This common sleep-related breathing disorder (SRBD) occurs when the soft tissues in the back of the throat over-relax during sleep. The relaxed tissues obstruct air flow to the trachea (windpipe) and cause “apnea,” where you cease to breathe. The lack of oxygen causes you to wake, even for a micro-second, to begin breathing again. This may occur multiple times throughout the night, diminishing the quality of your sleep and leading not only to drowsiness and daily fatigue but also contribute to cardiovascular disease or other systemic conditions.
The most effective treatment for sleep apnea is the use of a Continuous Positive Airway Pressure (CPAP) machine while you sleep. The machine delivers pressurized air to a face mask you wear while you sleep; the additional pressure keeps the airway open. However, a CPAP machine does have a few disadvantages, including discomfort while attached to the machine, nasal congestion and dryness, or claustrophobia. These effects can be so pronounced for some patients, they’re unable to adjust themselves to the machine.
If you have mild to moderate sleep apnea, there may be an alternative — a custom-fitted oral appliance we manufacture for you to wear in your mouth while you sleep. The appliance pulls the lower jaw forward resulting in a wider opening of the airway. In addition to being less cumbersome than a CPAP mask, an oral appliance is easier to wear, compact in size for easy travel and doesn’t require electricity.
While an oral appliance is an effective alternative to a CPAP machine for many patients, it does have a few disadvantages including problems with saliva flow (too much or too little), muscle or teeth soreness and minor tooth or jaw movement. Still, an oral appliance might be the right solution to relieve your sleep apnea over the long-term.
If you would like more information on treatments for sleep apnea, please contact us or schedule an appointment for a consultation. You can also learn more about this topic by reading the Dear Doctor magazine articles “Sleep Disorders & Dentistry” and “Sleep Apnea FAQs.”
Snoring and other sleeping disorders impact between 50 and 70 million Americans each year. However, did you know that our office can help when it comes to diagnosing and treating sleeping disorders? For this reason, we have put together this list to highlight how we can have a positive impact on your snoring.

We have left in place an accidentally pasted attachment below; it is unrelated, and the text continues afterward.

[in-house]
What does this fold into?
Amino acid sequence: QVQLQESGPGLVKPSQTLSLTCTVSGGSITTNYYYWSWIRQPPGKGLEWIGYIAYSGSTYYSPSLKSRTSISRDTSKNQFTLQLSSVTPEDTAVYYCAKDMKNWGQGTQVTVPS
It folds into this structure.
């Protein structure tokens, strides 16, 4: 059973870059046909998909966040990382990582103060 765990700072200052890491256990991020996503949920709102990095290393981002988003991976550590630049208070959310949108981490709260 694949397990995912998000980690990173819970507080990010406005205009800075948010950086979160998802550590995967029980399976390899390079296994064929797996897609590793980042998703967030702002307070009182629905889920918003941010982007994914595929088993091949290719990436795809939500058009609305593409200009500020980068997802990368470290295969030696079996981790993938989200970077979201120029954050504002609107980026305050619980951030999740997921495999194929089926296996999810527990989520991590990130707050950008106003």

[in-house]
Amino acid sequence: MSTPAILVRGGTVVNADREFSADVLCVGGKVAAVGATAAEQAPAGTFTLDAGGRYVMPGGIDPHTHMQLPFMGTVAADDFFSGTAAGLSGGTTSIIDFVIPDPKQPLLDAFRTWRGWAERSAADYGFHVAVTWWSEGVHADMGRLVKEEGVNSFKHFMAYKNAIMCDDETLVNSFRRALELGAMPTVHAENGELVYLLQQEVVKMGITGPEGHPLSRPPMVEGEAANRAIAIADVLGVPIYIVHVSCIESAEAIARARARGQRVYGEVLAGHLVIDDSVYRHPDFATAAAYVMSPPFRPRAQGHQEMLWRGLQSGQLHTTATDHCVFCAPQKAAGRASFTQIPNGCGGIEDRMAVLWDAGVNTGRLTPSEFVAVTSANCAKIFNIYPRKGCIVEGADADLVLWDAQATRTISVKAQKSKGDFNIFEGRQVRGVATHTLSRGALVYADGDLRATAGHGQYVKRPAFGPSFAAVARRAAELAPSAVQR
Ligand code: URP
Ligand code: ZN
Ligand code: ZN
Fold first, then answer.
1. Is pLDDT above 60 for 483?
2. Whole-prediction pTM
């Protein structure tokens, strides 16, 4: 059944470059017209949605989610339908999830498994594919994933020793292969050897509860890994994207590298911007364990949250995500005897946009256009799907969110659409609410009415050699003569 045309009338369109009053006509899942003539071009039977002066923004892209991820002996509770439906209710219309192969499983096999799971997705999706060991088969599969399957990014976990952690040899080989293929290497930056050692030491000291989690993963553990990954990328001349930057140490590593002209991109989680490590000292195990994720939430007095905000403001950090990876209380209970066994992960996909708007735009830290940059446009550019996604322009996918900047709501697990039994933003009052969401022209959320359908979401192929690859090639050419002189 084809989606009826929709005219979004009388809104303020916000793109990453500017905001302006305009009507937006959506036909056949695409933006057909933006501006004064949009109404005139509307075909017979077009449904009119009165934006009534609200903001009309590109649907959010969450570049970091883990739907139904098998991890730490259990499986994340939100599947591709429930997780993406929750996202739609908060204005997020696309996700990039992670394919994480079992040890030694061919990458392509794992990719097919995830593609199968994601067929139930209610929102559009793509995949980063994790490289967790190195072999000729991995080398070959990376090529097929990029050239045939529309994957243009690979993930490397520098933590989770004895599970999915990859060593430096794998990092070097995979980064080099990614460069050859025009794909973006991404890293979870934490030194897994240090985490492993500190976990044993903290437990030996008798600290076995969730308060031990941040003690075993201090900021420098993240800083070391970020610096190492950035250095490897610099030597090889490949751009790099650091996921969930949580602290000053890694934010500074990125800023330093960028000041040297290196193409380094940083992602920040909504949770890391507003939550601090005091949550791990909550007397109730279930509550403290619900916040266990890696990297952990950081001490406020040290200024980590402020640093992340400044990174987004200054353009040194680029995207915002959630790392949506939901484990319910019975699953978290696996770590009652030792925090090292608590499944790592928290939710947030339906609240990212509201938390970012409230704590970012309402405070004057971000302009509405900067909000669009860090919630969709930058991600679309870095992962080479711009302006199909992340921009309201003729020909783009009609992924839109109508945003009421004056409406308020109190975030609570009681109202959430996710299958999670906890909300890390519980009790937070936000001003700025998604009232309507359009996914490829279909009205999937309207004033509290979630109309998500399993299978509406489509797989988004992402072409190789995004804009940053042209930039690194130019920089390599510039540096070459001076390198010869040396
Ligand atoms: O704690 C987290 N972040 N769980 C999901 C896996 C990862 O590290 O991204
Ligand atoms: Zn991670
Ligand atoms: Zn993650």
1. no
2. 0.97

- Many people are surprised to learn that physician training is lacking and very slowly evolving in the area of sleep related breathing disorders. Therefore, there is limited public and medical awareness. The American Academy of Sleep Medicine (AASM) has acknowledged that properly trained dentists are the first line of therapy for treating mild to moderate sleep apnea effectively.
- Because we see our patients on a more regular basis than many primary-care physicians, we dentists are in a unique position to identify and/or detect a SRBD. However, for us to accomplish this, you must share the facts about your sleeping habits and issues related to breathing. In other words, do not be embarrassed to let us know that your spouse, sleeping partner or family complain to you about your snoring!
- When it comes to treating complications associated with Oral Appliance Therapy (OAT) used in managing Sleep Related Breathing Disorders (SRBD), dentists are the primary professionals who are specifically trained to create, fit, adjust, monitor and treat any complications associated with a mouthpiece (oral appliance).
- Did you know that dentists help identify the approximately 90% of misdiagnosed cases of patients suffering from a SRBD? Well, it is true. We play a critical role in diagnosing and treating these patients.
- Another reason why it is much easier for us to diagnose and treat these problems is because the core of our training is centered upon the oral cavity, mouth and parts of the upper airway — the very areas where your snoring and SRBDs occur.
If you suffer from snoring or any other Sleep Related Breathing Disorder, it is imperative that you seek and obtain treatment. Ignoring these problems can lead to issues such as: an irregular heartbeat, heart attacks, high blood pressure, and other forms of heart disease as well as strokes and impotence. Contact us today to discuss your questions about snoring or to schedule an appointment. You can also learn more about snoring and sleep disorders when you continue reading the Dear Doctor magazine article “Sleep Disorders & Dentistry.”